John Workman hit a bonanza at DeKorte early Saturday morning — including two Glossy Ibises and shorebirds galore.
His full report follows. (Thanks, John!)
At DeKorte in the Meadowlands it was (as my Aussie roommate in grad school used to exclaim) “a bonza early morning.”
Got up at 4AM, and was looking over Berrys Creek well before dawn. Early fall migration evident with a number of peeps (small sandpipers) flying in and around. About 85 total, with some in-flight groups of 20 plus. Still not light enough to determine species. A couple of Greater Yellow-legs as well.
At the DeKorte impoundments at dawn and low tide. Inadvertant perfect timing. Had a single Short-billed Dowitcher, along with both Yellow-legs. Semipalmated Sandpipers in airborne handfuls.
A single Least Sandpiper had the entire whopping Saw Mill Creek Impoundment mudflats to itself. Out there with no other visible sandpiper its size, it did indeed look uncomfortable, warily cocking its head skywards every few seconds. A tiny morsel trying to get south ahead of all those hungry Merlin to come.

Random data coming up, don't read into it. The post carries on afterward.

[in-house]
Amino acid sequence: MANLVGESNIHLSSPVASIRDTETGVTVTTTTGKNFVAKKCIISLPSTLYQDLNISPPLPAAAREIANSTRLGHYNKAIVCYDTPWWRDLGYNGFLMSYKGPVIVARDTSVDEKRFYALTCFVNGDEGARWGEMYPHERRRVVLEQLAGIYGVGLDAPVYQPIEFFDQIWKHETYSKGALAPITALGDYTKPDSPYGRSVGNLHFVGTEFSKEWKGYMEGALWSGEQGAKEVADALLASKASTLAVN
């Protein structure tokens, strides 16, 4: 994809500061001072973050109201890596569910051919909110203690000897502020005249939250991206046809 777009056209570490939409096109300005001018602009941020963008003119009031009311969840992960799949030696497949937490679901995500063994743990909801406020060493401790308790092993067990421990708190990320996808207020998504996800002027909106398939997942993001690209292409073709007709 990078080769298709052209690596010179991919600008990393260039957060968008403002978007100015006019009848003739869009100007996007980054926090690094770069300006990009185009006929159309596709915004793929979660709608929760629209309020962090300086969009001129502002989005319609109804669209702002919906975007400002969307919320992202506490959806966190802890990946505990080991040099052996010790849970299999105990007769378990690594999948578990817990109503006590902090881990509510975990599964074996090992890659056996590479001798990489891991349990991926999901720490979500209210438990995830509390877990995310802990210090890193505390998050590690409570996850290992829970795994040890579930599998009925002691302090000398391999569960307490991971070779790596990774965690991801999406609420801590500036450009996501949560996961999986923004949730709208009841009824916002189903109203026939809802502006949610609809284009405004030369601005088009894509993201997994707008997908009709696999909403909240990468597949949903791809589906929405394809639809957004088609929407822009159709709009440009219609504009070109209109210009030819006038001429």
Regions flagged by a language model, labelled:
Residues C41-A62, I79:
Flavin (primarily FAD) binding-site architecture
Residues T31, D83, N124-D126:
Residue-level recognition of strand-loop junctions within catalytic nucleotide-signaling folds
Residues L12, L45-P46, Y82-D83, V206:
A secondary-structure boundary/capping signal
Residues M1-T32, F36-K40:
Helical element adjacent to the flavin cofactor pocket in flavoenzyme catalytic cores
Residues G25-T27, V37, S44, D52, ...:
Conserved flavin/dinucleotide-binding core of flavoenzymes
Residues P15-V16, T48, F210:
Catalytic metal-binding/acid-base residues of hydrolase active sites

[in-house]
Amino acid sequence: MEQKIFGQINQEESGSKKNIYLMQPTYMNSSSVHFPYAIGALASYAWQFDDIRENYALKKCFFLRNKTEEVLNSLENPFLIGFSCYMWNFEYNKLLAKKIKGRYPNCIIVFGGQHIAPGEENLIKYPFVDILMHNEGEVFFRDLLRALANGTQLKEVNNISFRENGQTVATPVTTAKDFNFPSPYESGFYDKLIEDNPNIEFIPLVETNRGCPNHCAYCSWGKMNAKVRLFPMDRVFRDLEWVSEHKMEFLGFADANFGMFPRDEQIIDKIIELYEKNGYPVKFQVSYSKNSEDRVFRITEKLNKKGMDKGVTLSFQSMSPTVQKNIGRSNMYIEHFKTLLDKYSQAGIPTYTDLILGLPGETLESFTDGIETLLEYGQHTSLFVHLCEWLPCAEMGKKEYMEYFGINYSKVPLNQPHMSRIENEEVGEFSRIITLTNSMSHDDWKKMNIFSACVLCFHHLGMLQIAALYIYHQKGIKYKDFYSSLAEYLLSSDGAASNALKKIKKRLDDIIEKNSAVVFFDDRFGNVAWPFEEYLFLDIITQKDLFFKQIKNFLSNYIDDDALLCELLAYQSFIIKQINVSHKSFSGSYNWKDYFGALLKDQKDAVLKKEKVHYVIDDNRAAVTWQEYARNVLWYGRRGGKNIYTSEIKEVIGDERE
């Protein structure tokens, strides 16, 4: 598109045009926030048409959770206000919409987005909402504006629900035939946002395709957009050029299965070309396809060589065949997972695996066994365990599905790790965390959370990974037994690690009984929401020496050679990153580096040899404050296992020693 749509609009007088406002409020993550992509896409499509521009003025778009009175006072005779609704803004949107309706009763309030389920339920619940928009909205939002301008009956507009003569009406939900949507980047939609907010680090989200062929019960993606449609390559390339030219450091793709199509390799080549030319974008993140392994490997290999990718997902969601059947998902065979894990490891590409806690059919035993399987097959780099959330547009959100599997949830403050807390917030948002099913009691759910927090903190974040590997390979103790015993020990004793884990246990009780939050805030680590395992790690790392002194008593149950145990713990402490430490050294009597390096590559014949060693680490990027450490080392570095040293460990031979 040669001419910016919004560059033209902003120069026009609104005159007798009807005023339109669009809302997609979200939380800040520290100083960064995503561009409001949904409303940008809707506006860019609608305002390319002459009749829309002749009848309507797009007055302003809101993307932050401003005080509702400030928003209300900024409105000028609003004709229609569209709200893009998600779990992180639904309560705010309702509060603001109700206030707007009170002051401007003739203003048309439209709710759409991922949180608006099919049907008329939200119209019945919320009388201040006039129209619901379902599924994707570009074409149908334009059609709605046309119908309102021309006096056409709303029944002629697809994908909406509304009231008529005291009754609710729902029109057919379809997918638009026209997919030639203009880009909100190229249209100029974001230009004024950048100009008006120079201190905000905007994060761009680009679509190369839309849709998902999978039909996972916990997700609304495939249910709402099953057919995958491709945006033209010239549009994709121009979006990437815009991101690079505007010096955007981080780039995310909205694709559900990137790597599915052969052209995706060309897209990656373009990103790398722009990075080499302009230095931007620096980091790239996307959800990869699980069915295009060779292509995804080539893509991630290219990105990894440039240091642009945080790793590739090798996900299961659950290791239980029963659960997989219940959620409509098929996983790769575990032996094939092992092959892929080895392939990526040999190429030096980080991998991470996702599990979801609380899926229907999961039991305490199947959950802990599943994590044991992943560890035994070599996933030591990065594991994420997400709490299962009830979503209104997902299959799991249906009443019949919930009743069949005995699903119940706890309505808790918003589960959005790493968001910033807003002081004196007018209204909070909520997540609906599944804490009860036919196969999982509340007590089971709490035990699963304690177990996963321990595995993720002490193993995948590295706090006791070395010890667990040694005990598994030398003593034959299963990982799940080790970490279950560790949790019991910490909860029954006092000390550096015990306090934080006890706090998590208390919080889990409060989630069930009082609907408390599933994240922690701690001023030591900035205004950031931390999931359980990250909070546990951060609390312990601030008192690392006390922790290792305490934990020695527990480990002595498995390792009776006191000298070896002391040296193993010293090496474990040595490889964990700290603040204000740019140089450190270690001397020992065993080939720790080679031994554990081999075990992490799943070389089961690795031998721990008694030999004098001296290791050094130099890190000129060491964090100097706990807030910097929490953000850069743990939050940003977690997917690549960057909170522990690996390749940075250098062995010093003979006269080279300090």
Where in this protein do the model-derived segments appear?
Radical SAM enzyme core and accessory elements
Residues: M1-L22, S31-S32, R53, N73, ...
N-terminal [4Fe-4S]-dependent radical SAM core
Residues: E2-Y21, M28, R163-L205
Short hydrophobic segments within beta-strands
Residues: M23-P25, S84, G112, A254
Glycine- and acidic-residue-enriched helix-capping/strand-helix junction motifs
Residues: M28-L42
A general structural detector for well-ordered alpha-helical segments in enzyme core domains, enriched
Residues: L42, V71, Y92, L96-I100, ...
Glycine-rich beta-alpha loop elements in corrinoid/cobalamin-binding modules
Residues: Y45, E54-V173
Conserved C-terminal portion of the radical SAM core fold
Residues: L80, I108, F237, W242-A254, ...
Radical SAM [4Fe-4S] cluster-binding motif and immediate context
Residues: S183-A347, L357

– two Glossy Ibis flying low over the same impoundment; they were close enough and in such perfect light, I could even check to see if they were of the White-faced species (they were not);
— a pair of Black Skimmer on the Kingsland Impoundment; and later in the back channels, working the surface in their hypnotic fashion;
– one Least Tern doing those belly-buster "splatter-dives" while fishing (didn't see its mate),
– twenty-two Forster’s Terns (counted them lined up on the railings) , including 9 juveniles of which four were still in that annoying and endearing sit-and-beg stage. Two of the parents took to harassing every single bi-ped walking innocently by on the Transco Trail (of which there was only one: me). I don’t speak or understand Ternese, but I know a Mother's Warning when I hear it, so I kept moving.
Later, and away from the madding crowds, a single Saltmarsh Sparrow was taking it ease on a reed, a Least Bittern brushed the tops of the phrags while carrying a frog back to its hidden young, three Swamp Sparrows took turns trilling, and two young Northern Harriers flew in — and then disappeared right after I looked away briefly.
On the walk back to the car: a Ruby-throated hummingbird zipping south — just below the embankment of the western spur of the Jersey Turnpike.